Conserving this Nation’s fish and other aquatic resources cannot be successful without the partnership of Tribes; they manage or influence some of the most important aquatic habitats both on and off reservations. In addition, the Federal government and the Service have distinct and unique obligations toward Tribes based on trust responsibility, treaty provisions, and statutory mandates.
Restoring sturgeon, restoring ancient culture
The livelihood of Wisconsin’s oldest human inhabitants revolved around an ancient fish. But an entire generation of these indigenous people has recently lived without their “brother,” the lake sturgeon. They have lived without the ceremonies, the circumstance and tradition of harvest – without the sustenance and delicacy of the flesh – and without the clan. Fifty years after a dam was built on the Upper Wolf River, the lake sturgeon ceased to exist on the Menominee Indian Reservation. Another 50 years passed before some lake sturgeons came back to the Menominee people, and with them have come the related traditions.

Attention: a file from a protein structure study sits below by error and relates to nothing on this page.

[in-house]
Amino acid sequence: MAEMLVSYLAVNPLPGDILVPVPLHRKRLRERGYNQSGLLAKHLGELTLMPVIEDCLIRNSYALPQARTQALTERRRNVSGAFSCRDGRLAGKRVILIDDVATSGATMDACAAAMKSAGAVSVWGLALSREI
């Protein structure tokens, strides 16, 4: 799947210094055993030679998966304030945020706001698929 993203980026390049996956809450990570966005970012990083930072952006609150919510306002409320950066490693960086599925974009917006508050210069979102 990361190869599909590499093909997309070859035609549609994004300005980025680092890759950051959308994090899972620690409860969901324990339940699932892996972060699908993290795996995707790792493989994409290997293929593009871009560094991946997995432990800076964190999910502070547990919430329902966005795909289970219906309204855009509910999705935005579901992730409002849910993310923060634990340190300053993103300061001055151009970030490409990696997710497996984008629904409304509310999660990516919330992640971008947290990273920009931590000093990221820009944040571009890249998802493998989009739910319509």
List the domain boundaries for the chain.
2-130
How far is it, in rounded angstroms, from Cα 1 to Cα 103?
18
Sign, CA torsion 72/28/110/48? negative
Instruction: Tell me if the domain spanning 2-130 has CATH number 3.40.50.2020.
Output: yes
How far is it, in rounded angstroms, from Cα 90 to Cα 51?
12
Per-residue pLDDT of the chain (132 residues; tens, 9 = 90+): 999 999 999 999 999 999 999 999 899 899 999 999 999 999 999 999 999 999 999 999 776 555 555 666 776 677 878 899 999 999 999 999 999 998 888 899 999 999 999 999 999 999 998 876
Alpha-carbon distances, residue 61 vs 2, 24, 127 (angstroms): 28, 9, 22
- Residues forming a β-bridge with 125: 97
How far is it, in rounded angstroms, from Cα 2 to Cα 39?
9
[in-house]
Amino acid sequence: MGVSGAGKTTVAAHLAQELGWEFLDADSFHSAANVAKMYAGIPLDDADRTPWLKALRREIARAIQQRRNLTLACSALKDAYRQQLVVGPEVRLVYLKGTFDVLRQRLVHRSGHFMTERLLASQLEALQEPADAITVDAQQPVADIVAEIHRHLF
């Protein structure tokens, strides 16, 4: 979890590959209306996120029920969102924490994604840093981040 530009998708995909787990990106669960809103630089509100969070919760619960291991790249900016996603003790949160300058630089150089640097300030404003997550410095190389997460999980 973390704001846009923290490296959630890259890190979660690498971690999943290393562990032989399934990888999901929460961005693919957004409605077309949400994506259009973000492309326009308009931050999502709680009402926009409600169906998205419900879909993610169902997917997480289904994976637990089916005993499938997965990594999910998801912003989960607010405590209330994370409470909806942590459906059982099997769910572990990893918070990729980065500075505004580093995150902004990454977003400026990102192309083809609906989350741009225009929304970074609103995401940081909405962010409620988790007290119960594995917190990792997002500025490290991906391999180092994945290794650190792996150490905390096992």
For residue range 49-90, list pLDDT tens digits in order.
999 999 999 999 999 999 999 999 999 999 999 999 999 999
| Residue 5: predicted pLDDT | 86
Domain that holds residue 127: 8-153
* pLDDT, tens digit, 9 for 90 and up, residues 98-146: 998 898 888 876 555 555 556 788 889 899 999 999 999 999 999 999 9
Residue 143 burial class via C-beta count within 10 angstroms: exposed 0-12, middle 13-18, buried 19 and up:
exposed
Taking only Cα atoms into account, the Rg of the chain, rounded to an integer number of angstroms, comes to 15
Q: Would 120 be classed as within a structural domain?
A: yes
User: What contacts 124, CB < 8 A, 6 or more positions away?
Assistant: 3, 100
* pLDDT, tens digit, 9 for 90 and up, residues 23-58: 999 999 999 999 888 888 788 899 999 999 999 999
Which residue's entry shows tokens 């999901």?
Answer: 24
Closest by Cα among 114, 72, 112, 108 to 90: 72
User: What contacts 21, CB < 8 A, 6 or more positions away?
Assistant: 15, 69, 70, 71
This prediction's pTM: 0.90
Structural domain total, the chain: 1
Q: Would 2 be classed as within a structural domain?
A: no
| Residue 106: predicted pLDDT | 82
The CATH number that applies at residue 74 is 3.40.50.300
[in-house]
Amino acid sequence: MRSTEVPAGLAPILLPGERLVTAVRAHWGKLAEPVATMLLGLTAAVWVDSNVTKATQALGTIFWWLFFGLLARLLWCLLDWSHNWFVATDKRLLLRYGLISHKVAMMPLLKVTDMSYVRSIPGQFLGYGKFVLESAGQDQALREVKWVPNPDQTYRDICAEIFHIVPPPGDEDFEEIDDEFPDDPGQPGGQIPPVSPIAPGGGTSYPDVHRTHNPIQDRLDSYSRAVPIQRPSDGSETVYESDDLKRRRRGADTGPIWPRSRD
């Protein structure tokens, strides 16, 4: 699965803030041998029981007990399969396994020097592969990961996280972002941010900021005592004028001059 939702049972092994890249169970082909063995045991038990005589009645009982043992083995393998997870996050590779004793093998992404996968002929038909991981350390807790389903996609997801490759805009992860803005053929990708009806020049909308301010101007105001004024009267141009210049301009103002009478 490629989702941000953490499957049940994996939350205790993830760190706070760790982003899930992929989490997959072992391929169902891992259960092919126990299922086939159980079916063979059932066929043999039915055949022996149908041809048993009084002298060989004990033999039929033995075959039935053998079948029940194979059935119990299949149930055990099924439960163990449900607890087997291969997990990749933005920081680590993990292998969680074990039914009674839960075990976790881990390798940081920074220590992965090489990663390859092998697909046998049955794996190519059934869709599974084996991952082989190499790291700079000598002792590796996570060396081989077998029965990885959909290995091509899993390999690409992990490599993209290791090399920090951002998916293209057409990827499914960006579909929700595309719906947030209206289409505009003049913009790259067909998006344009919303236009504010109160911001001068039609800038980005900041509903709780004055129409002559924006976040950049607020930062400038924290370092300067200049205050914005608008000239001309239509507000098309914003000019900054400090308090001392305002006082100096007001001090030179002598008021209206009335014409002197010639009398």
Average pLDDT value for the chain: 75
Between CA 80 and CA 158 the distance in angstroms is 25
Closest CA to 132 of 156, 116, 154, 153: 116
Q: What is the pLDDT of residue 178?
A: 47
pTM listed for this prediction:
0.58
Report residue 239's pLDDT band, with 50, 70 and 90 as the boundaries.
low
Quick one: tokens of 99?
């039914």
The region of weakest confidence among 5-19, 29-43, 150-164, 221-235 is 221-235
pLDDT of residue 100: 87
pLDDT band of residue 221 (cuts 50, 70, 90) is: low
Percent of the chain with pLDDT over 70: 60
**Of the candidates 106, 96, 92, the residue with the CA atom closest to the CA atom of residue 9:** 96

Menominee tribal elders who remembered and had practiced the sturgeon traditions wanted the sturgeon back on the Reservation. Annual trap-and-transport efforts by the La Crosse Fish and Wildlife Conservation Office, the Wisconsin Department of Natural Resources, and the Menominee Indian Tribe have restored a small population of sturgeon in Reservation waters of the Wolf River. And that has restored a tradition of harvest, albeit small, and part of that tradition includes dance and smoked or baked fish as had been done for generations past. More lake sturgeon restoration work is planned. (Ann Runstrom)
Disclaimer: Resource accomplishments provided by the tribe are for informational purposes only. It does not imply endorsement of any kind by the U.S. Government.